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Securities class action suit filed against FireEye, Inc.

 

A securities class action suit was recently filed against FireEye, Inc.

Company basics
Publicly traded and headquartered in Milpitas, California, FireEye is a network security firm. The company specifically offers automated threat forensics and dynamic malware protection from sophisticated dangers to cyber security, including spear phishing and advanced persistent threats.

On Jan. 6, 2015, Glancy Binkow & Goldberg LLP announced it had brought forth a shareholder lawsuit representing individuals and organizations that bought company securities between Jan. 2, 2014, and Nov. 4, 2014. These dates are inclusive, and represent the class period.

Securities class action allegations
The securities class action suit, filed in the United States District Court for the Northern District of California, involved allegations that the defendants failed to disclose key matters to investors, and also provided them with statements that were false and or misleading.

A handful of other shareholder lawsuits were filed, making similar claims. The Law Offices of Vincent Wong announced a legal claim on Jan. 5, 2014, which represented purchasers of the company’s securities during the aforementioned class period between Jan. 2, 2014, and Nov. 4, 2014.

This suit specifically alleged that the company failed to reveal key information, and also made false and or misleading statements, pertaining to the company’s operations, business and prospects. A separate securities class action suit – brought forth by Bronstein, Gewirtz & Grossman, LLC and announced on Dec. 26, 2014 – mentioned the exact same claims.

The Glancy Binkow lawsuit provided more specific claims, indicating that the defendants failed to communicate several important matters. First of all, they allegedly did not reveal that the company had altered its business strategy, shifting to providing end-to-end services after previously providing software.

This move altered the firm’s cost structure, as providing software came with high fixed costs, but scaling the subscriber base did not cause marginal costs – which were insignificant – to increase.

According to the suit, FireEye also failed to reveal that to cope with violations of network security, the new strategy would entail hiring a growing number of highly-trained employees. Finally, the legal claim asserts that due to the following, a growing customer base would force the organization’s expenses to grow incrementally, which could pose a threat to the company’s ability to generate profits in the future.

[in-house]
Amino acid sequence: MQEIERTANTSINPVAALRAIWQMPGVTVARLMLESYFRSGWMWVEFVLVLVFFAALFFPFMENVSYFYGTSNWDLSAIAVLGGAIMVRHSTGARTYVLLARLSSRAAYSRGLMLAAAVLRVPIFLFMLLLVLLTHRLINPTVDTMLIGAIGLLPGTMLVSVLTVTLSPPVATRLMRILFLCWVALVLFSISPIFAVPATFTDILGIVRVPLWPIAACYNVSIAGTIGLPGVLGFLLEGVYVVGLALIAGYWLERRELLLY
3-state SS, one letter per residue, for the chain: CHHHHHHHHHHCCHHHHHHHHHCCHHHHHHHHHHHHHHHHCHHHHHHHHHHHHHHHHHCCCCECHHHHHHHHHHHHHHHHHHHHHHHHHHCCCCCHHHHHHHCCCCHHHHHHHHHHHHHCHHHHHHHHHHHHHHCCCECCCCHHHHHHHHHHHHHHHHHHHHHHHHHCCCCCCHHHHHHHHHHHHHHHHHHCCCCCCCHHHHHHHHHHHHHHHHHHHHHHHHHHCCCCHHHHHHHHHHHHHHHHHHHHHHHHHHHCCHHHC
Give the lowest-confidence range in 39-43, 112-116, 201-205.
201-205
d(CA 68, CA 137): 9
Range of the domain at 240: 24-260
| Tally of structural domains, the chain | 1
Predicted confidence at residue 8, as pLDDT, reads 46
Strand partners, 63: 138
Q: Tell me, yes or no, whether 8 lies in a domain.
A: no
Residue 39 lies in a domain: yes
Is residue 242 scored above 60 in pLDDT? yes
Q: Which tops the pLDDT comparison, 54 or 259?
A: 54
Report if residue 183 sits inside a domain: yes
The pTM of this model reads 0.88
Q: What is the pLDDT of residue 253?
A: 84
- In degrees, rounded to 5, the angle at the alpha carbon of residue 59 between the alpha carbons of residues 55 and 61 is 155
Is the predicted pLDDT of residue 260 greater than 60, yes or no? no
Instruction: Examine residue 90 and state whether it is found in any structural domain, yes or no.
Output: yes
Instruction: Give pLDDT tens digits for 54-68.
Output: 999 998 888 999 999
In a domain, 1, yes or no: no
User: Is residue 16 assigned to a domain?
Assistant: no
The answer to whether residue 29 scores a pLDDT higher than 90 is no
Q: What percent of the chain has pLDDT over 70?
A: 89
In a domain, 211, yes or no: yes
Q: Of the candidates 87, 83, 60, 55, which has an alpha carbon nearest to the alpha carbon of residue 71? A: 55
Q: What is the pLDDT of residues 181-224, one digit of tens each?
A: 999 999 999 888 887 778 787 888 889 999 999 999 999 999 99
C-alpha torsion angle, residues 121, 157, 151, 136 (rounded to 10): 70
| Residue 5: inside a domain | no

Financial results
On May 6, 2014, FireEye released financial results for its first fiscal quarter, indicating that it generated $24.3 million in product revenue. This figure came in below analyst predictions of $31 million, and illustrated the company’s transition toward focusing on services, the Glancy Binkow lawsuit alleged. That day, company shares declined $8.48 each to close at $28.65.

On Nov. 4, 2014, the company issued figures that once again lagged the expectations of analysts, the law firm claimed. In addition, the network security firm revealed that it had essentially stopped using its original software-based approach. This move coincided with a loss for the period of $0.51 per share.

According to the lawsuit brought forth by The Law Offices of Vincent Wong, FireEye’s shares fell from a closing price of $40.23 to $32.16 on Nov. 25, 2014.

Investor guidance
In addition to filing the aforementioned securities class action suits, the law firms that brought forth these legal actions provided shareholders with pertinent information. Glancy Binkow encouraged eligible investors – who have lost $100,000 or more – to reach out to Casey Sadler. The law firm also revealed that those interested in serving as lead plaintiff have until Jan. 26, 2015, to move the court. Alternatively, eligible investors have the option to do nothing and remain an absent member of the class, or retain legal representation of their choice.

The Law Offices of Vincent Wong told investors that if they wish to learn more about the suit, they can contact Vincent Wong. In addition, shareholders who are eligible to serve as lead plaintiff have until Jan. 26, 2015, to request that the court appoint them to that position.

Bronstein, Gewirtz & Grossman informed shareholders that no class has yet been certified in the lawsuit it previously filed, and those who have an interest in learning more can reach out to either Peretz Bronstein or his Investor Relations coordinator Eitan Kimelman. Finally, the law firm revealed that while investors do not need to serve as lead plaintiff to share in any recovery generated, they can move the court to serve as lead plaintiff up until Jan. 26, 2015.

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